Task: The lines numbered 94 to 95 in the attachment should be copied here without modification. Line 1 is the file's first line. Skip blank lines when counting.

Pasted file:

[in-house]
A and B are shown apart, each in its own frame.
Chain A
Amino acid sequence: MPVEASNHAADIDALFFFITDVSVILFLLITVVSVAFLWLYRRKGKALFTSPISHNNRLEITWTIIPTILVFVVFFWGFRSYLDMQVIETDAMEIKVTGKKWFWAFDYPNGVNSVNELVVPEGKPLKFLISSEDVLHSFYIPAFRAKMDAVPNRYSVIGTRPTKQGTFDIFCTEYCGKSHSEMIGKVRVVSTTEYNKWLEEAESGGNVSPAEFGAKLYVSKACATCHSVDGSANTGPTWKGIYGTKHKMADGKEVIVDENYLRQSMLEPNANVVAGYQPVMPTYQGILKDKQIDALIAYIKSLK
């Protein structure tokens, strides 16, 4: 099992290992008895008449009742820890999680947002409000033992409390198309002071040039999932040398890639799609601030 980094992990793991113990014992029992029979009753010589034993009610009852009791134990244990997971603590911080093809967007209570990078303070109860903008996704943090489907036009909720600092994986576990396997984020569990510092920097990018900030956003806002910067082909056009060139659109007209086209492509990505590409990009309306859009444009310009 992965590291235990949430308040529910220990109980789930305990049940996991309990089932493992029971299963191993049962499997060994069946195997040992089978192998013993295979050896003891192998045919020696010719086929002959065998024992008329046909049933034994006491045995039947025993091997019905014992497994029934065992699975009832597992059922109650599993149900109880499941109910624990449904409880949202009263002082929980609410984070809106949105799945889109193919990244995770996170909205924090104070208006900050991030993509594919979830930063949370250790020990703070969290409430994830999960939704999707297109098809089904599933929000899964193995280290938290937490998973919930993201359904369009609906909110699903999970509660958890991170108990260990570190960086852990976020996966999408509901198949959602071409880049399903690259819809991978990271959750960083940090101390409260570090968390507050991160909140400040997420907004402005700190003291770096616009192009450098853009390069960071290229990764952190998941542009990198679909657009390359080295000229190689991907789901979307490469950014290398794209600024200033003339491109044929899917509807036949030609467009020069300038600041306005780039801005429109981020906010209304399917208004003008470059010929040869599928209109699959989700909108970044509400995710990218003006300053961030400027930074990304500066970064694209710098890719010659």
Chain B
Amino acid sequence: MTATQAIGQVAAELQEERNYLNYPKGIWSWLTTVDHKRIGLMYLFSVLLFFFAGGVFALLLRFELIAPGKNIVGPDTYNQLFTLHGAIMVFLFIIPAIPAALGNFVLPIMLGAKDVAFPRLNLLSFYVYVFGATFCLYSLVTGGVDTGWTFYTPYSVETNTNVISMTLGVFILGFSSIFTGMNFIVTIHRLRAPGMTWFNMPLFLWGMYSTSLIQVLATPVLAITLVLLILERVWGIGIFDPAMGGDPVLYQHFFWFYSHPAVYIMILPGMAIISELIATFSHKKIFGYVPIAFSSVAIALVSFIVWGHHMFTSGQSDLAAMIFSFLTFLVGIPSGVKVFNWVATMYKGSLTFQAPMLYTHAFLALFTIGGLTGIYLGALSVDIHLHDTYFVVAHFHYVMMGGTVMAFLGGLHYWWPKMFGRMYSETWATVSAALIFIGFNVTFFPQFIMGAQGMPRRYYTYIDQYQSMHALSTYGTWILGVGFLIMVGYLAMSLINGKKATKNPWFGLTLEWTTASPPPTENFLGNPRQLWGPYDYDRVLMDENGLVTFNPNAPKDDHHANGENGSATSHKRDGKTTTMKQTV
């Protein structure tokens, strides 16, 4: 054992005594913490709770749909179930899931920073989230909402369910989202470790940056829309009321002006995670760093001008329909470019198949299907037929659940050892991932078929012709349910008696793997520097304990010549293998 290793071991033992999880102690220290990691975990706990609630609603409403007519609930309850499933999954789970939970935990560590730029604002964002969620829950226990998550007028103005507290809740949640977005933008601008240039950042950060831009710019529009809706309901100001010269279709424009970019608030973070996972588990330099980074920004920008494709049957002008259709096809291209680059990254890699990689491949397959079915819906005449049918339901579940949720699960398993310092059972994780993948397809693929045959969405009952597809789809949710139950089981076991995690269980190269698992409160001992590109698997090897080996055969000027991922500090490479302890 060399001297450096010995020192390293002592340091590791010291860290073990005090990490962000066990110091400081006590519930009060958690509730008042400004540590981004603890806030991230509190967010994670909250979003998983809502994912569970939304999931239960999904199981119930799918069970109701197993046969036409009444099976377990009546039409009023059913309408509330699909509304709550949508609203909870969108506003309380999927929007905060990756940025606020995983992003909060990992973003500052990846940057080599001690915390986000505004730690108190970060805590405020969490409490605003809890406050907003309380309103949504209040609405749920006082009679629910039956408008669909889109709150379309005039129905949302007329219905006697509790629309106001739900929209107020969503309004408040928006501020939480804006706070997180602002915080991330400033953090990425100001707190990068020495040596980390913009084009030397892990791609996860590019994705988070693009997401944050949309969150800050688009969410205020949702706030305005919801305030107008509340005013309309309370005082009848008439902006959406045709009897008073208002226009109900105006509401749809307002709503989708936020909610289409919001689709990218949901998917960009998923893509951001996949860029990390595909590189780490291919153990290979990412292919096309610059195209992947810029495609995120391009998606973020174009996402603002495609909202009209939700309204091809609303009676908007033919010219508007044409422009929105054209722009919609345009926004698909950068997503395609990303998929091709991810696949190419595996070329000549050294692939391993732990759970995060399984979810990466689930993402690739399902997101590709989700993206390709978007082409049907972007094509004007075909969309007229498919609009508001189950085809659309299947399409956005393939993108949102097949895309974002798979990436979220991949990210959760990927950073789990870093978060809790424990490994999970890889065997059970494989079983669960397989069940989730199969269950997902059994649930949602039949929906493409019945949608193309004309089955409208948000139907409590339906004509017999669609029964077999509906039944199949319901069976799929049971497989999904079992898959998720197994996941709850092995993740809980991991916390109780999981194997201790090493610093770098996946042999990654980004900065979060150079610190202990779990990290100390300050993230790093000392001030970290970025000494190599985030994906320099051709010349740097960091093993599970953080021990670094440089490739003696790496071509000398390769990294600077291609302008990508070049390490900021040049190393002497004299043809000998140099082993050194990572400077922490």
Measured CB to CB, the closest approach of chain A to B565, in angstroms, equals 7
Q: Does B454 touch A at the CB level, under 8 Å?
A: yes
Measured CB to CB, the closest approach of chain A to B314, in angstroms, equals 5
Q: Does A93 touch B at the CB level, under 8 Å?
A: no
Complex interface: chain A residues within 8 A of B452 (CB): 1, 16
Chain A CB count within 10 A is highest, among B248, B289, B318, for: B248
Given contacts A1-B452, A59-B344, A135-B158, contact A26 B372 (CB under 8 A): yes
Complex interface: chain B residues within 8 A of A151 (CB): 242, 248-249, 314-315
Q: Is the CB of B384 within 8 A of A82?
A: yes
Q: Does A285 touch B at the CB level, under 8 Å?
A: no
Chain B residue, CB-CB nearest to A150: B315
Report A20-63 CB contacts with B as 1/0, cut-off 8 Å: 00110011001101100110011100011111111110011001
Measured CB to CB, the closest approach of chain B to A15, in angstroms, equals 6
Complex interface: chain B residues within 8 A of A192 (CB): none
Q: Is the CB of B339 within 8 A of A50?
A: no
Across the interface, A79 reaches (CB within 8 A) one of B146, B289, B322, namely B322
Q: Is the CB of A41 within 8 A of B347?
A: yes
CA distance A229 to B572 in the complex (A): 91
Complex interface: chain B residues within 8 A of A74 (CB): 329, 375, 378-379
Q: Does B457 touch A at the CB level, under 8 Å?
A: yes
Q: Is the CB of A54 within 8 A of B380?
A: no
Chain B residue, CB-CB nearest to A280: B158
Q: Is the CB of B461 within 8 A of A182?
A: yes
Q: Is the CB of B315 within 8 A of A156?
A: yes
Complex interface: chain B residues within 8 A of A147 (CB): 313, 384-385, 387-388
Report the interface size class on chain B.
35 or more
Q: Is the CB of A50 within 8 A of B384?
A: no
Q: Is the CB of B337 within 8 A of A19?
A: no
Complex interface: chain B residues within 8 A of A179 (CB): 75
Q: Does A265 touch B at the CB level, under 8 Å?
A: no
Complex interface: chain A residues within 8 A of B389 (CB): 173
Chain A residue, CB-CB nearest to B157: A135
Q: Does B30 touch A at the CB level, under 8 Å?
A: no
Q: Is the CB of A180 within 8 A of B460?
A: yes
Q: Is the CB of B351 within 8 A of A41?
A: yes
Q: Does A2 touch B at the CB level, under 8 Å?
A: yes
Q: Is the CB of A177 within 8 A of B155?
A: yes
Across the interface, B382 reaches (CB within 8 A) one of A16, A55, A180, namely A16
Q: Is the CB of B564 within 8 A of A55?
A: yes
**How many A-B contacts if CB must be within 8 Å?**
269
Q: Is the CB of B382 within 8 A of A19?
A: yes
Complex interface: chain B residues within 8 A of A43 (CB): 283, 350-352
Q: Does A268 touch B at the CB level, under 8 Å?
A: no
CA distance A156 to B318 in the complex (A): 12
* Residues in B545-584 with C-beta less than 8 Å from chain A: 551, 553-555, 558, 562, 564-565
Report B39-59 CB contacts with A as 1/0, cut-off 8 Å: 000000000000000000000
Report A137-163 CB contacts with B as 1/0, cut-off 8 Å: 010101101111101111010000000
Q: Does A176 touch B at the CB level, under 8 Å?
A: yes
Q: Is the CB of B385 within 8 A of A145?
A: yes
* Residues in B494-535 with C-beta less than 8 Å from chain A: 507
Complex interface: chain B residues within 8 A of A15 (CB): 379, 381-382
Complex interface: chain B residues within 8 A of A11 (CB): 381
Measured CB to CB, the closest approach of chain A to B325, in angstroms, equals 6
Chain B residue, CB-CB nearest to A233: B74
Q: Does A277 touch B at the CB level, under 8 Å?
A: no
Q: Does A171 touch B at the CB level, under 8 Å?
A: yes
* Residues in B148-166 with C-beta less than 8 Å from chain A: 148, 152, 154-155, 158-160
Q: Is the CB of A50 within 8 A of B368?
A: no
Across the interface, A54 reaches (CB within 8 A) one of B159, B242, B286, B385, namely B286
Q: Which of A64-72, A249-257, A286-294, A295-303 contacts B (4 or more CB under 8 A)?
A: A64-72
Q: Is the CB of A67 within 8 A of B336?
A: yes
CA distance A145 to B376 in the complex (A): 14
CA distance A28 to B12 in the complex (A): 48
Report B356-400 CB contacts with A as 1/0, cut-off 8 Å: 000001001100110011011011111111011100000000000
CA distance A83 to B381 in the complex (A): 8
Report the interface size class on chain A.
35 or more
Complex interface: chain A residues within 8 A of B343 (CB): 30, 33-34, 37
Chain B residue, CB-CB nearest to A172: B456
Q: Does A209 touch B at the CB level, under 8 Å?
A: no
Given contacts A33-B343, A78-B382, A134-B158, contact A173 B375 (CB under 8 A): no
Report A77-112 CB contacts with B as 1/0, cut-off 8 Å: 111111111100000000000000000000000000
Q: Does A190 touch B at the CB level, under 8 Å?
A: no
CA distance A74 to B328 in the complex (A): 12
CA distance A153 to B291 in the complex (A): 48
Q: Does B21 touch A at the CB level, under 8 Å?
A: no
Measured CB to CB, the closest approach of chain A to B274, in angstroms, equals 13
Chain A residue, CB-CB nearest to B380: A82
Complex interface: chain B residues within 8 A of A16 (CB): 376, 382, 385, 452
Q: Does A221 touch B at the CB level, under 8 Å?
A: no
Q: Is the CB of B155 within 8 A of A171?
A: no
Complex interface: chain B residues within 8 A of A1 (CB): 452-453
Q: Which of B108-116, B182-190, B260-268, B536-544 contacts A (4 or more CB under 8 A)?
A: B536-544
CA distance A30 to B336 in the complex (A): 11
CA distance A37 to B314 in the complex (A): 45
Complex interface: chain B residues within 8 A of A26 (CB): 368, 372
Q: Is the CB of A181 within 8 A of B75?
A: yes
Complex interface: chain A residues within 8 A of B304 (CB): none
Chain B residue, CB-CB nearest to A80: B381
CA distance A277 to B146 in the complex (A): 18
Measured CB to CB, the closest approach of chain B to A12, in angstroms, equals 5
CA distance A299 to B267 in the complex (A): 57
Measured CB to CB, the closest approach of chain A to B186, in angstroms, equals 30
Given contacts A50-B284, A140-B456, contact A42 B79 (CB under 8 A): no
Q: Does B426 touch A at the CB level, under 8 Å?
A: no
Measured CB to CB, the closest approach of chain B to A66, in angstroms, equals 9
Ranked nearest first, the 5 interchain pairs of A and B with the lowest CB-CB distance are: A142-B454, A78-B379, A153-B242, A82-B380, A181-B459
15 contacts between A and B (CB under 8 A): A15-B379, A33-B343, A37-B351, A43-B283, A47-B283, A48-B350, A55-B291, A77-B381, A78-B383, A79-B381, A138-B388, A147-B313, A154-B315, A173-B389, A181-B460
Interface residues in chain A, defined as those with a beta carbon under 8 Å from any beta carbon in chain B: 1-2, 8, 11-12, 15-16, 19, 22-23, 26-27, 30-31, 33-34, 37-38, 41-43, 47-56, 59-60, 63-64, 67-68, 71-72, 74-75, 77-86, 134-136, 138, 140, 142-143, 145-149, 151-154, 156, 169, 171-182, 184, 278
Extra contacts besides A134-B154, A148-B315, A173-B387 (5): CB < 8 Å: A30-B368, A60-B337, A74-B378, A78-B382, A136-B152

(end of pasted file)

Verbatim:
A: no
Across the interface, A54 reaches (CB within 8 A) one of B159, B242, B286, B385, namely B286